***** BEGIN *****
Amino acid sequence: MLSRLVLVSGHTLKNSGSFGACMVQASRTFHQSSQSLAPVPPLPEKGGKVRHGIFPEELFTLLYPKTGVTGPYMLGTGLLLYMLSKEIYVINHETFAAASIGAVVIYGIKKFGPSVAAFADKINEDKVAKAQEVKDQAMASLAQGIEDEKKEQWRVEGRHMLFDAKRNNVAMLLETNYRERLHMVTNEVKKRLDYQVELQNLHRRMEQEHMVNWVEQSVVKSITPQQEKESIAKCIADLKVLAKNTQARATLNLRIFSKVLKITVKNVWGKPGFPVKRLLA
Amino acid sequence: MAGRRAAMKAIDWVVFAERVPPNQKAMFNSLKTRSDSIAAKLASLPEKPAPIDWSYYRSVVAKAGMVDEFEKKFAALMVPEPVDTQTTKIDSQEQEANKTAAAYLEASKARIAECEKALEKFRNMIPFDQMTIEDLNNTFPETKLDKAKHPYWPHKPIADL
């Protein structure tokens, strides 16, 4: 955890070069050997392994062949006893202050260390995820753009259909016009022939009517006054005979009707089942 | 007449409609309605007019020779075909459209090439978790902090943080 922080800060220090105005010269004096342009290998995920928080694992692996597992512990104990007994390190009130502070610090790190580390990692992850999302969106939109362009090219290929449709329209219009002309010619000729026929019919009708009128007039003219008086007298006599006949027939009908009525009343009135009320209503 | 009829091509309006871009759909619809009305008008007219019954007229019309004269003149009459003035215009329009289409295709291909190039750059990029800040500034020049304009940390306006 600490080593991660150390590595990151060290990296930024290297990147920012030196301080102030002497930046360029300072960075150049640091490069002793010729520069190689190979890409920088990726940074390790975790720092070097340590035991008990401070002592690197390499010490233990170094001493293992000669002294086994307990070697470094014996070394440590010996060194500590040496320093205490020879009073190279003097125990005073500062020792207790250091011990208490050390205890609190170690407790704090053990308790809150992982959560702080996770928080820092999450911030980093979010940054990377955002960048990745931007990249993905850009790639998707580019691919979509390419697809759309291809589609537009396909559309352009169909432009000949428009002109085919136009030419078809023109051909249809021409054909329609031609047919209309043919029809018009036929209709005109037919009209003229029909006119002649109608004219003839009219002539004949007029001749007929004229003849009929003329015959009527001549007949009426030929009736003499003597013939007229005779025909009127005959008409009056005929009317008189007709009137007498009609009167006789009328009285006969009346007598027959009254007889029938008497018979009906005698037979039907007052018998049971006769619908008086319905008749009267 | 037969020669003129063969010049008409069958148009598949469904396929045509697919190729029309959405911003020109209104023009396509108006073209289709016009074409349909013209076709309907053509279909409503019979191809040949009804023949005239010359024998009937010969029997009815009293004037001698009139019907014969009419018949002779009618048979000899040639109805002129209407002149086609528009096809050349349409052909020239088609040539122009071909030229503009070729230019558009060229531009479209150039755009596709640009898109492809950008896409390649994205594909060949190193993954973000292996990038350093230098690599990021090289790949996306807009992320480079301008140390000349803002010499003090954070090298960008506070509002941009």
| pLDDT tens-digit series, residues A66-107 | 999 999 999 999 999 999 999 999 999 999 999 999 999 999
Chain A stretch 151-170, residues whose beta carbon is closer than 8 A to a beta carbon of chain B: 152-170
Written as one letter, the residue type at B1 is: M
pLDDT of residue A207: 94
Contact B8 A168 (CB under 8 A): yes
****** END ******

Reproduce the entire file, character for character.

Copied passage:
Amino acid sequence: MLSRLVLVSGHTLKNSGSFGACMVQASRTFHQSSQSLAPVPPLPEKGGKVRHGIFPEELFTLLYPKTGVTGPYMLGTGLLLYMLSKEIYVINHETFAAASIGAVVIYGIKKFGPSVAAFADKINEDKVAKAQEVKDQAMASLAQGIEDEKKEQWRVEGRHMLFDAKRNNVAMLLETNYRERLHMVTNEVKKRLDYQVELQNLHRRMEQEHMVNWVEQSVVKSITPQQEKESIAKCIADLKVLAKNTQARATLNLRIFSKVLKITVKNVWGKPGFPVKRLLA
Amino acid sequence: MAGRRAAMKAIDWVVFAERVPPNQKAMFNSLKTRSDSIAAKLASLPEKPAPIDWSYYRSVVAKAGMVDEFEKKFAALMVPEPVDTQTTKIDSQEQEANKTAAAYLEASKARIAECEKALEKFRNMIPFDQMTIEDLNNTFPETKLDKAKHPYWPHKPIADL
């Protein structure tokens, strides 16, 4: 955890070069050997392994062949006893202050260390995820753009259909016009022939009517006054005979009707089942 | 007449409609309605007019020779075909459209090439978790902090943080 922080800060220090105005010269004096342009290998995920928080694992692996597992512990104990007994390190009130502070610090790190580390990692992850999302969106939109362009090219290929449709329209219009002309010619000729026929019919009708009128007039003219008086007298006599006949027939009908009525009343009135009320209503 | 009829091509309006871009759909619809009305008008007219019954007229019309004269003149009459003035215009329009289409295709291909190039750059990029800040500034020049304009940390306006 600490080593991660150390590595990151060290990296930024290297990147920012030196301080102030002497930046360029300072960075150049640091490069002793010729520069190689190979890409920088990726940074390790975790720092070097340590035991008990401070002592690197390499010490233990170094001493293992000669002294086994307990070697470094014996070394440590010996060194500590040496320093205490020879009073190279003097125990005073500062020792207790250091011990208490050390205890609190170690407790704090053990308790809150992982959560702080996770928080820092999450911030980093979010940054990377955002960048990745931007990249993905850009790639998707580019691919979509390419697809759309291809589609537009396909559309352009169909432009000949428009002109085919136009030419078809023109051909249809021409054909329609031609047919209309043919029809018009036929209709005109037919009209003229029909006119002649109608004219003839009219002539004949007029001749007929004229003849009929003329015959009527001549007949009426030929009736003499003597013939007229005779025909009127005959008409009056005929009317008189007709009137007498009609009167006789009328009285006969009346007598027959009254007889029938008497018979009906005698037979039907007052018998049971006769619908008086319905008749009267 | 037969020669003129063969010049008409069958148009598949469904396929045509697919190729029309959405911003020109209104023009396509108006073209289709016009074409349909013209076709309907053509279909409503019979191809040949009804023949005239010359024998009937010969029997009815009293004037001698009139019907014969009419018949002779009618048979000899040639109805002129209407002149086609528009096809050349349409052909020239088609040539122009071909030229503009070729230019558009060229531009479209150039755009596709640009898109492809950008896409390649994205594909060949190193993954973000292996990038350093230098690599990021090289790949996306807009992320480079301008140390000349803002010499003090954070090298960008506070509002941009």
| pLDDT tens-digit series, residues A66-107 | 999 999 999 999 999 999 999 999 999 999 999 999 999 999
Chain A stretch 151-170, residues whose beta carbon is closer than 8 A to a beta carbon of chain B: 152-170
Written as one letter, the residue type at B1 is: M
pLDDT of residue A207: 94
Contact B8 A168 (CB under 8 A): yes